(Another repeat response for some due to using the wrong email address
On Fri, Aug 28, 2015 at 12:01:11PM -0700, Linda A. Walsh wrote:
Michal Kubecek wrote:
On Friday 28 of August 2015 10:34:48 Navin
On Fri, Aug 28, 2015 at 9:20 AM, Jeff Mahoney
i'll skip this one.
Well, you shouldn't. To change things, one should have good reason. The
more intrusive the change, the stronger the arguments for it should be.
Unless there is a substantial gain, the change is not worth the effort and
Suse already changed this. The onus proving the use of the outdated
tech is on SuSE as they stopped using the default since 2.6.23.
That assumes that the upstream default was changed for a compelling
reason -- it wasn't. The commit that enabled it by default simply read
"There are some reports that 2.6.22 has SLUB as the default. Not true!
This will make SLUB the default for 2.6.23."
It was asserted at the time, by the author of SLUB, that slab had
inherent unfixable flaws and that it needed to go away but there
never was a universal consensus on this. Around the same time, SLUB
was found by multiple independent tests to be slower than SLAB. There
were attempts to address some limitations in the SLUB implementation
) but they were never finished as the
author moved on.
Slab is the original, based on Bonwick's seminal paper and available since Linux
kernel version 2.2. It is a faithful implementation of Bonwick's proposal, augmented
by the multiprocessor changes described in Bonwick's follow-up paper.
Slub is the next-generation replacement memory allocator, which has been the default in
the Linux kernel since 2.6.23. It continues to employ the basic "slab" model,
but fixes several deficiencies in Slab's design, particularly around systems with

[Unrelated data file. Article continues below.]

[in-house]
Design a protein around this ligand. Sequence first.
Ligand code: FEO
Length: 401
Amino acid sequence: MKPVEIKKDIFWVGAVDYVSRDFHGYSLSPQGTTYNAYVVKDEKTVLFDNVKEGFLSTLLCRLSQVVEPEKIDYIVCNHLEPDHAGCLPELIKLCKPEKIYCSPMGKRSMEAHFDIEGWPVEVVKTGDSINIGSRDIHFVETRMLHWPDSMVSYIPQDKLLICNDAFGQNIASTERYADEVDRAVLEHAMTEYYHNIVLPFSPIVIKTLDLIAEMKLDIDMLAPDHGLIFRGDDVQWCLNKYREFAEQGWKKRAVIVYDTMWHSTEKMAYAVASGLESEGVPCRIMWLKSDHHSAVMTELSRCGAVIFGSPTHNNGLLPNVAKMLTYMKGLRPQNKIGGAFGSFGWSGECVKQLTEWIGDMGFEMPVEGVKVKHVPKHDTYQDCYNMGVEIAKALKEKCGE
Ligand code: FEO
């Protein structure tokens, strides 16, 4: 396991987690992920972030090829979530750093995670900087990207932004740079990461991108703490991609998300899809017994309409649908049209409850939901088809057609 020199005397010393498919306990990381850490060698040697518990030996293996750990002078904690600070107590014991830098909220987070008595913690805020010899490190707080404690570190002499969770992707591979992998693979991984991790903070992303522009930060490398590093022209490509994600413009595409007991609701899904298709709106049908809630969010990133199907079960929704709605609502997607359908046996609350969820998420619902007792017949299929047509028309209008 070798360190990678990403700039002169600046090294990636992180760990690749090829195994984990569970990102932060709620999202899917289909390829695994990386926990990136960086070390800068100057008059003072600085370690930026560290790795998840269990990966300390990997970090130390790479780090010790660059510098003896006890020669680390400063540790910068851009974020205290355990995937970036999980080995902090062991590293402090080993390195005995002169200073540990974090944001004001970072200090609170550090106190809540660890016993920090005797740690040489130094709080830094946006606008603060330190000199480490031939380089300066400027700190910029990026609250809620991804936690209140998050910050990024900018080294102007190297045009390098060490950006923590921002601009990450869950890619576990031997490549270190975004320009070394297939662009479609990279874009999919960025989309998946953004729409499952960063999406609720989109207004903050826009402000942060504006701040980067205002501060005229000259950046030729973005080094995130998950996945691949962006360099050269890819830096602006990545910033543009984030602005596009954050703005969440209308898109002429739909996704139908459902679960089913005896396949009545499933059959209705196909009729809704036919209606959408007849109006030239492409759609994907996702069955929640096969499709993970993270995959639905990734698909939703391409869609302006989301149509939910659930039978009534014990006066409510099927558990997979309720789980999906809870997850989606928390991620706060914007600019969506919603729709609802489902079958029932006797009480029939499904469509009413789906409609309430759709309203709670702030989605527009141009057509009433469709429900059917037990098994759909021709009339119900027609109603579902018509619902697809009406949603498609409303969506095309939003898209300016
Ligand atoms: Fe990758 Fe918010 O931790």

large numbers of processors. Slub is simpler than Slab.
What should you use? Slub, unless you are building a kernel for an embedded device with
limited in memory. In that case, I would benchmark Slub versus SLOB and see what works
best for your workload. There is no reason to use Slab; it will likely be removed from
future Linux kernel releases.
I.e. if suse's aiming at small embedded devices/or optimizing it for
toasters and microwave ovens, SLAB is recommended.
A stack overflow post supported by no data is not the basis for making a
decision on what small object allocator to use in the kernel. SLOB is an
allocator that may be designed for a toaster or a microwave oven. SLAB has
been and currently is used on machines with >= 1024 CPUs. It is extremely
rare to identify a workload where SLAB is the limiting factor except
in the case where the debugging interfaces are used aggressively. I say
extremely rare because I'm not aware of one. The only case where I heard
that SLUB mattered was on specialised applications that heavily relied on
the performance of the SLUB fast path and *only* the SLUB fast path.
That scenario does not apply to many workloads.
But if suse wants
to support computers with *more processors* (seems to be the trend for most
customers), then SLUB is recommended.
A recommendation by stack overflow is rarely an authorative source. The
author of SLUB used to consistently assert that it SLUB was the only way
that more processors could be effectively supported but this was rarely
supported by independent tests.
For example, SLUB became the default in 2007. In 2010, tests by a Google
engineer indicated that SLUB was 11.5% to 20.9% slower than SLAB
). Five years later, the same
engineer states that SLUB is still problematic for workloads they care
). I know at the time I
briefly looked at the SLUB performance and also found it to be much
slower but did not do anything the information as I was not working on
distribution kernels at the time.
So to turn the inertial question around, why GOOD
reasons does Suse
have for staying with a memory allocator designed for single procesor-embeded
devices vs. larger multi-core systems?
I do not speak for SUSE so do not consider this an official response but
here is my take on it;
In the 8 years since SLUB became the default, there has been a significant
number of commits aimed at improving the performance of SLUB. According
to my own research, this 8 years of effort has brought the performance of
SLUB *in line* with SLAB and it rarely significantly exceeds it except in
microbenchmarks. I know that vendors for very large machines have conducted
their own performance evaluation of the kernel and in that time to the best
of my knowledge, SLAB has not been identified as a limiting factor. I'm
not aware of a compelling reason to pick one over the other at the moment
but the fact that SLUB was known to have severe performance regressions
3 years after it became the default means that openSUSE staying on SLAB
was probably the correct choice.
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